VATICAN CITY — The Vatican’s sex-crimes expert is changing plans and will fly to New York to take in-person testimony from a Chilean sex abuse victim after his pleas to be heard by Pope Francis were previously ignored, the victim said Wednesday.
The switch from a planned video interview came after the Associated Press reported that Francis had received a letter in 2015 from Juan Carlos Cruz, a survivor of Chile’s most notorious pedophile priest. Cruz wrote the pope that one of the priest’s proteges, Bishop Juan Barros, was present during the abuse and did nothing. Cruz questioned Francis’s decision to make him a diocesan bishop.
Barros has denied seeing or knowing of any abuse committed by the Rev. Fernando Karadima, a charismatic priest penalized by the Vatican in 2011 for sexually abusing minors.
Francis sparked an outcry during his recent visit to Chile by strongly defending Barros, describing the accusations against him as slander and saying he had never heard from any victims about Barros’ behavior. The AP report, published Monday, belied the pope’s claim that the victims had never come forward.
Even before the report, the Vatican last week tapped Archbishop Charles Scicluna to go to Santiago to take testimony from victims and others with information about the Barros affair.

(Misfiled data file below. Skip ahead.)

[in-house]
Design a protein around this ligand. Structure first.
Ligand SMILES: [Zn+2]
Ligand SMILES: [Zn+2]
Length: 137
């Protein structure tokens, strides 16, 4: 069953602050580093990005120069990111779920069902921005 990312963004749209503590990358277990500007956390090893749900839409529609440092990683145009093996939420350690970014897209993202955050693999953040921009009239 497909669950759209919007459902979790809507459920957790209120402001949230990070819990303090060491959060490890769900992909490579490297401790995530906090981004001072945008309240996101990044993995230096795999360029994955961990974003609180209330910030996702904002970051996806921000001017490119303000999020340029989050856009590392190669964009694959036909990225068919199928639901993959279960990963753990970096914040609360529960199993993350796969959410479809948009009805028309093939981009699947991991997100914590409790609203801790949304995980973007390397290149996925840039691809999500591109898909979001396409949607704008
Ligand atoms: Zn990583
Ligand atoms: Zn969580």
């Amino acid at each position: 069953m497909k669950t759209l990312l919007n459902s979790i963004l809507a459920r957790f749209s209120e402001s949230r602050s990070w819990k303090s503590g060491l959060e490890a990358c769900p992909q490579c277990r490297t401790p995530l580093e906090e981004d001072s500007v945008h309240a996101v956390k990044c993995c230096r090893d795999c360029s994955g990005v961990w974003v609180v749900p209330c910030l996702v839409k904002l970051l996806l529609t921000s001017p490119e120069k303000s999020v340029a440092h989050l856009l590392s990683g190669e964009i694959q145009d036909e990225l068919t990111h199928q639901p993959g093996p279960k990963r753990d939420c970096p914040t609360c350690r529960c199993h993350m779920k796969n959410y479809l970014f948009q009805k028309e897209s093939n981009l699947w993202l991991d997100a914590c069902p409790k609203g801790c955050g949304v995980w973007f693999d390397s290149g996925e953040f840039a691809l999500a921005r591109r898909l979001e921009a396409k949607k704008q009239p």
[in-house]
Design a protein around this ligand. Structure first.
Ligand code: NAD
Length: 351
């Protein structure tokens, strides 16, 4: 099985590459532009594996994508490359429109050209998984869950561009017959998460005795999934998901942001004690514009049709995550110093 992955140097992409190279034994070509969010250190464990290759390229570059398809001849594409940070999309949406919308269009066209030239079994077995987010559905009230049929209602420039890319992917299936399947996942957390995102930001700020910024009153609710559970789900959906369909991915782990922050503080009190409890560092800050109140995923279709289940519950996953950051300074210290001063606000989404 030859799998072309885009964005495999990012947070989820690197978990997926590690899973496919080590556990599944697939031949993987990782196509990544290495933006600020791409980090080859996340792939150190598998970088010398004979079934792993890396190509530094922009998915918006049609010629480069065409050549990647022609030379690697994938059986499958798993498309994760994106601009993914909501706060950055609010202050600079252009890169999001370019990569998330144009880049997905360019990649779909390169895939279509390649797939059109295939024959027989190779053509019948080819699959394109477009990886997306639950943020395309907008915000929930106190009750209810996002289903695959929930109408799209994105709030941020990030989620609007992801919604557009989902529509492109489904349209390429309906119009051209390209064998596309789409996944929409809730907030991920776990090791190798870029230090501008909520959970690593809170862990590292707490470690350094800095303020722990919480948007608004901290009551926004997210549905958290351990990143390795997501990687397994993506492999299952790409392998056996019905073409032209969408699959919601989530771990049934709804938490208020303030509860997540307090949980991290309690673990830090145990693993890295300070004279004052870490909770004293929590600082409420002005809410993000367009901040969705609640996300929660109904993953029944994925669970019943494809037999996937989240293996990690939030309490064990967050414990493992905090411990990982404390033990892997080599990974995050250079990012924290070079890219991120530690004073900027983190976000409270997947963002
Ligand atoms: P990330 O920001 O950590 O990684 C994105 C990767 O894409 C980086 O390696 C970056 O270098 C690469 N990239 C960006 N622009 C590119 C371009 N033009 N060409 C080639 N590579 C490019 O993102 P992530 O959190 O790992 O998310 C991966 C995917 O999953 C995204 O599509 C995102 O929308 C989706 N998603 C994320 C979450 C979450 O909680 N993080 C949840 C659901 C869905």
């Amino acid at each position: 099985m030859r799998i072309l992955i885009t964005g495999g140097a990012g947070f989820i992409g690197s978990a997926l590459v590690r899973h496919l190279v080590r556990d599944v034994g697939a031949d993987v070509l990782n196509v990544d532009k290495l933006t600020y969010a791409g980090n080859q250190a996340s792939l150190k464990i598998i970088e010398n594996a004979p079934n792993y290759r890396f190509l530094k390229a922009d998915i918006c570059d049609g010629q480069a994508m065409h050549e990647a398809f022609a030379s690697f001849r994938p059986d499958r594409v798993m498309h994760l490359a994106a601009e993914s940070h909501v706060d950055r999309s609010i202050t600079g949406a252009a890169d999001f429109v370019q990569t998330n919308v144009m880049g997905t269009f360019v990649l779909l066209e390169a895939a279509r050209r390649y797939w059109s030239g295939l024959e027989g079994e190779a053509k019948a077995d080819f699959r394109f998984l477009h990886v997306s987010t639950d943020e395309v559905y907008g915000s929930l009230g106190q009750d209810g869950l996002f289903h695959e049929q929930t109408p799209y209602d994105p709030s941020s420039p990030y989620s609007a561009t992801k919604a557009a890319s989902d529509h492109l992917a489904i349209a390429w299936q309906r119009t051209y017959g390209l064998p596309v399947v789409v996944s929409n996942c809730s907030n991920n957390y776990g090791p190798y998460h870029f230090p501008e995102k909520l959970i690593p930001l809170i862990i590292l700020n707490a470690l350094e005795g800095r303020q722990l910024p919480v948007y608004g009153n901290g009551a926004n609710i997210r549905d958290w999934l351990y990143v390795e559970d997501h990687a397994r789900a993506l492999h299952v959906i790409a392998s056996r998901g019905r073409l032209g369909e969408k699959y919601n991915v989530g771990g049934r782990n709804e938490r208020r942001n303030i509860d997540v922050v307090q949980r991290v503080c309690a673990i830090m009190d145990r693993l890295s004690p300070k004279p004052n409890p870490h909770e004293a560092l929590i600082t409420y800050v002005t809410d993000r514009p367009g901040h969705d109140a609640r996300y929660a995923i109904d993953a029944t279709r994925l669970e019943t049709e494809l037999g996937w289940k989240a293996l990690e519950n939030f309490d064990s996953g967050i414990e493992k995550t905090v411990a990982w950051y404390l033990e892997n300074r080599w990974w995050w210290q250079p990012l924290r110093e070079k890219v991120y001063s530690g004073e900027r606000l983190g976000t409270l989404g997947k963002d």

Originally, Scicluna was to interview Cruz via Skype since he lives in Philadelphia. But Scicluna called Cruz on Tuesday, “on behalf of the pope,” and asked if they could meet in person, Cruz said. Their meeting is scheduled for Feb. 17 in New York, where Cruz has to be for work, Cruz said.
Cruz said he appreciated Scicluna’s gesture as a sign that the Vatican was taking his testimony seriously.
“I see a good disposition, that they’re not only taking my testimony seriously but also that of all those who are desperate living with the anguish of sexual abuse and a church that does nothing for them,” he told the AP.
Scicluna declined to comment.
Francis sparked the Barros uproar in 2015 when he appointed him bishop of Osorno, Chile, over the opposition of many Chilean bishops. They were worried about the fallout from the Karadima scandal, which cost the Catholic Church much of its credibility in Chile. Karadima was responsible for cultivating dozens of priestly vocations and five bishops — including Barros — but he also kissed and fondled young boys in his community.